Until a major sell-off came Friday, it appeared that priceswould realize fairly substantial week-to-week increases, thankslargely to double-digit gains that started the week off lastMonday. But Friday declines that constituted almost a mirror-imagereversal of Monday’s upticks left most points flat to just a fewcents above week-earlier levels. Northern California (Malin andPG&E citygate) showed the most strength, rising almost a dimeabove the previous Friday.

Northern California also was the major exception to Friday’sgeneral downturn with flat Malin and citygate quotes (the SouthernCalifornia border fell almost a dime despite hot weather expectedto last through the weekend). On the opposite side of the country,Northeast citygate drops of 15-20 cents or so showed the greatestweakness.

At a casual glance it would appear that “following the screen”did not apply to Friday’s cash market, since Nymex settled a nickelhigher. Not so, according to one source. Futures openedconsiderably lower and cash took that cue to go down also, he said.But then many points began rebounding when the screen made a strongrecovery, he added.

A marketer’s comment that “prices were all over the place”reflected an overall inconsistency in price movement trends. Mosttraders agreed with the lower early, higher later scenario. But atvarious points others reported up all the way, down all the way,or-in one case-higher/lower/higher. A western trader even said theSouthern California border was rising while San Juan Basin wasfalling. It’s not all that odd for them to move in oppositedirections though, he said, because SoCal Gas is not a dailybalancing pipe while El Paso is.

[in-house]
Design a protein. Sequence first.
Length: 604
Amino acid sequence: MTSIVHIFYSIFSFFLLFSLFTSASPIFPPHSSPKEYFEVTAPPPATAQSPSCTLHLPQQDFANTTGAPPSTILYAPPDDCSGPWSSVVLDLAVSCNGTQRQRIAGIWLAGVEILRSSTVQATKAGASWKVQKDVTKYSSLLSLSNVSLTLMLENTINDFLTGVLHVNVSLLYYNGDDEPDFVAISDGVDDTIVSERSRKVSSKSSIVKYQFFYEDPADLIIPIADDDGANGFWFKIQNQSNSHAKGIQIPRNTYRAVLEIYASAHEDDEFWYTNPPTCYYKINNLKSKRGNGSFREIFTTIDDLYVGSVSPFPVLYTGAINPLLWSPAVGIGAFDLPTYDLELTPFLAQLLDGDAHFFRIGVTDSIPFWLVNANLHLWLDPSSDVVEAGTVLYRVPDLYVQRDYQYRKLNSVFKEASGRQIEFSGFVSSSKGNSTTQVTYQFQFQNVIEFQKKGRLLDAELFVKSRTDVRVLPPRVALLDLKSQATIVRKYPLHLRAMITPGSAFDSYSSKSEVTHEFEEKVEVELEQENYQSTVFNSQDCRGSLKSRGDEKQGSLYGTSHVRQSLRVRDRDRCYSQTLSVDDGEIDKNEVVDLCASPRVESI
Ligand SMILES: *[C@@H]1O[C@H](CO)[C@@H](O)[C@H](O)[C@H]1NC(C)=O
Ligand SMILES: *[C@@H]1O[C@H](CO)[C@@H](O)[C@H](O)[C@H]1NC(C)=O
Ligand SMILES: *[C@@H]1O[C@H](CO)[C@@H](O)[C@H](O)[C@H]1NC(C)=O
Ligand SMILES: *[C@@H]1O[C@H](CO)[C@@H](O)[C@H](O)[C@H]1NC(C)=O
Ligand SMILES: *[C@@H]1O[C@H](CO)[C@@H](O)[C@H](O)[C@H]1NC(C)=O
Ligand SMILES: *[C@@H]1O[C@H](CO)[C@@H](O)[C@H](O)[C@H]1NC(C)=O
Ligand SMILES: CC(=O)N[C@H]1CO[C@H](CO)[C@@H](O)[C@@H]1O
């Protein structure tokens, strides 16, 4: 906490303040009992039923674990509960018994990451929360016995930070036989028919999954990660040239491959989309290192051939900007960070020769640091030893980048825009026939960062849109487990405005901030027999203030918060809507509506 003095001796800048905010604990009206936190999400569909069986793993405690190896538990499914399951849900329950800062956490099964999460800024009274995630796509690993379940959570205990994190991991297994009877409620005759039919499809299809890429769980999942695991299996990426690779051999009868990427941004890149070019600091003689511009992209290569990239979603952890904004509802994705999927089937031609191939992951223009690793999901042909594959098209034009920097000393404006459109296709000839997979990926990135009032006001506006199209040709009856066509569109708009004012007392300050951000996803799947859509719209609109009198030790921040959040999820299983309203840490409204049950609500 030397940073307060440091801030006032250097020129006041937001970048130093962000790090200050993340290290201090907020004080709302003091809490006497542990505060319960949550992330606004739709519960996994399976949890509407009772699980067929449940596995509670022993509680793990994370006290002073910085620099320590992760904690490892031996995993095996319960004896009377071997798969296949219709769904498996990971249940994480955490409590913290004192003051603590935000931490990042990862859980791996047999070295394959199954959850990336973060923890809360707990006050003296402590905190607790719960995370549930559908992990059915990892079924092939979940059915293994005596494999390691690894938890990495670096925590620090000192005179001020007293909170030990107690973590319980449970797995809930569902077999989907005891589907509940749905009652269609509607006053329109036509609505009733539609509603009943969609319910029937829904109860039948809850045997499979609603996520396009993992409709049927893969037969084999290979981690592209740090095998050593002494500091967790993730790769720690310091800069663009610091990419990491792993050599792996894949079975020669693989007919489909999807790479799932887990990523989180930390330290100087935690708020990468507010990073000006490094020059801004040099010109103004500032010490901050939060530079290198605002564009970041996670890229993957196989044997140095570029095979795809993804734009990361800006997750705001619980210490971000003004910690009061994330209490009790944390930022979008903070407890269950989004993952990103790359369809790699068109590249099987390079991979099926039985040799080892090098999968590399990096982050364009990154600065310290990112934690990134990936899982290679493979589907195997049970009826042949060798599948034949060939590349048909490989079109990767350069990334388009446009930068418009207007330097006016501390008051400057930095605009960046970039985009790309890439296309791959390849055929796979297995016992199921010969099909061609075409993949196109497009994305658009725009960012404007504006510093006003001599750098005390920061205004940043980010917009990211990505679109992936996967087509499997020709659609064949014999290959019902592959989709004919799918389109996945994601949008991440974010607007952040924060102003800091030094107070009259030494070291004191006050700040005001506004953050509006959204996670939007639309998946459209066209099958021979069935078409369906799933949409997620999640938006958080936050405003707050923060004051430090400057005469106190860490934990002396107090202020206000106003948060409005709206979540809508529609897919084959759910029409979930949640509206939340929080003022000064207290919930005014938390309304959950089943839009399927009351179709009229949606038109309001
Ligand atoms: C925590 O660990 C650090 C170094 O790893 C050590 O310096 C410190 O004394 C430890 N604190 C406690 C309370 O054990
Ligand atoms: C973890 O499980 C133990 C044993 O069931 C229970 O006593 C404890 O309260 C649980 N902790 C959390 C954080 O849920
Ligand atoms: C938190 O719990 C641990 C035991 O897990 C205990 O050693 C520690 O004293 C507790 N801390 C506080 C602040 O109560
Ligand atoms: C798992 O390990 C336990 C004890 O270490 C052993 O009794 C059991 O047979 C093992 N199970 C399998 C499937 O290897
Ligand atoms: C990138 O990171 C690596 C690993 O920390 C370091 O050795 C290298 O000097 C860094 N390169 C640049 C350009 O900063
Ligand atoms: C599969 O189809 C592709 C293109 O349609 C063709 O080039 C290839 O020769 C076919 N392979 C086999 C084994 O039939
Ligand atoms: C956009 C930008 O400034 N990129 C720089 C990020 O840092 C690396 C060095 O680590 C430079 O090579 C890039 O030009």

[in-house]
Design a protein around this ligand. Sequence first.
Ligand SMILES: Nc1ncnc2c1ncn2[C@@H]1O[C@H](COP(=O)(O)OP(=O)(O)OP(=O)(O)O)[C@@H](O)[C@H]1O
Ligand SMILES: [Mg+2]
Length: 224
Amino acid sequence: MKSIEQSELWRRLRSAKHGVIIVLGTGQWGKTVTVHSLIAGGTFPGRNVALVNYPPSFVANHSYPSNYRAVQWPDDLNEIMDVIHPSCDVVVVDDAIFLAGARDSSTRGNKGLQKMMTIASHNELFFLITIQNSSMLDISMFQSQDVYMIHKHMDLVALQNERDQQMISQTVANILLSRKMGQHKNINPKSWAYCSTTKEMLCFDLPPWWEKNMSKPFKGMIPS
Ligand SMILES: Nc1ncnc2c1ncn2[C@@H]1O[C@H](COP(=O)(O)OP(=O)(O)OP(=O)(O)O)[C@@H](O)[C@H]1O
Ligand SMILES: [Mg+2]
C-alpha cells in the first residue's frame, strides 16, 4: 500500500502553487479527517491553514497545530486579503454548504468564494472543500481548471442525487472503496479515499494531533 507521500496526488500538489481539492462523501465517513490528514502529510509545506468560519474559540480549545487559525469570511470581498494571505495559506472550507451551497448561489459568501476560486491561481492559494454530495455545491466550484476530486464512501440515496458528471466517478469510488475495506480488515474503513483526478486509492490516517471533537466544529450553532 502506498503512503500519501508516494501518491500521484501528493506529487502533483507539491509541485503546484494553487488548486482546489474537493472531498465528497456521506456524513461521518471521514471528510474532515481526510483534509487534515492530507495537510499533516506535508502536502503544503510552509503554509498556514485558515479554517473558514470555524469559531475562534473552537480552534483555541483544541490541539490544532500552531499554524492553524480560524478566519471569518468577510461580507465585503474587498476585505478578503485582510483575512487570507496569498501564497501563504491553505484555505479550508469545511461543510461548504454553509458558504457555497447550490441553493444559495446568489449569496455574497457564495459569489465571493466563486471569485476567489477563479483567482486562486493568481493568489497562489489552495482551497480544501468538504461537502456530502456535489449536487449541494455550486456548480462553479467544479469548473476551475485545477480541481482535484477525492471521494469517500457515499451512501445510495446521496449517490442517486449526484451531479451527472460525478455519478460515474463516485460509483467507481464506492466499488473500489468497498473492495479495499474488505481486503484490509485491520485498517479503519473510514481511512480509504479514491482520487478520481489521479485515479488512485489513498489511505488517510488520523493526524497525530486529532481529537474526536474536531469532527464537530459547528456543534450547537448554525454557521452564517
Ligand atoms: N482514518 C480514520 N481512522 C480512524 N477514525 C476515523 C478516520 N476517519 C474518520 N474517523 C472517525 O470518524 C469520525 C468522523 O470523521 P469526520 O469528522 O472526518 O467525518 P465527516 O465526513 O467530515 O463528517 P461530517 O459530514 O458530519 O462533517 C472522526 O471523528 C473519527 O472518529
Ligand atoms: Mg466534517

A good indicator of how soft the Northeast market was came in amarketer’s report of selling a Texas Eastern M-3 package at $2.60and then buying the same package back later at $2.55.

It was definitely a bearish sign for upcoming gas prices whenthe crude oil futures contract for November plunged by $1.55/bbl tounder $21. The contract had been approaching $25 little more than aweek earlier. The crude dive weakened gas sellers’ hopes that theycould get high winter prices without fearing that industrialcustomers and electric utilities might switch to fuel oil indual-fuel facilities.

A Northeast-oriented marketer applauded the downward pressure ongas from falling crude numbers. “I know producers will disagree,but gas prices need to get pounded down even more by lower crudefutures,” he said. “I welcome price volatility, because I can makemoney in a falling market as easily as in a rising one.”

The tropical outlook remained benign. Tropical Depression 12 wasa little over 900 miles east of the Lesser Antilles Fridayafternoon but was almost stationary and far from posing any threatto Gulf production.

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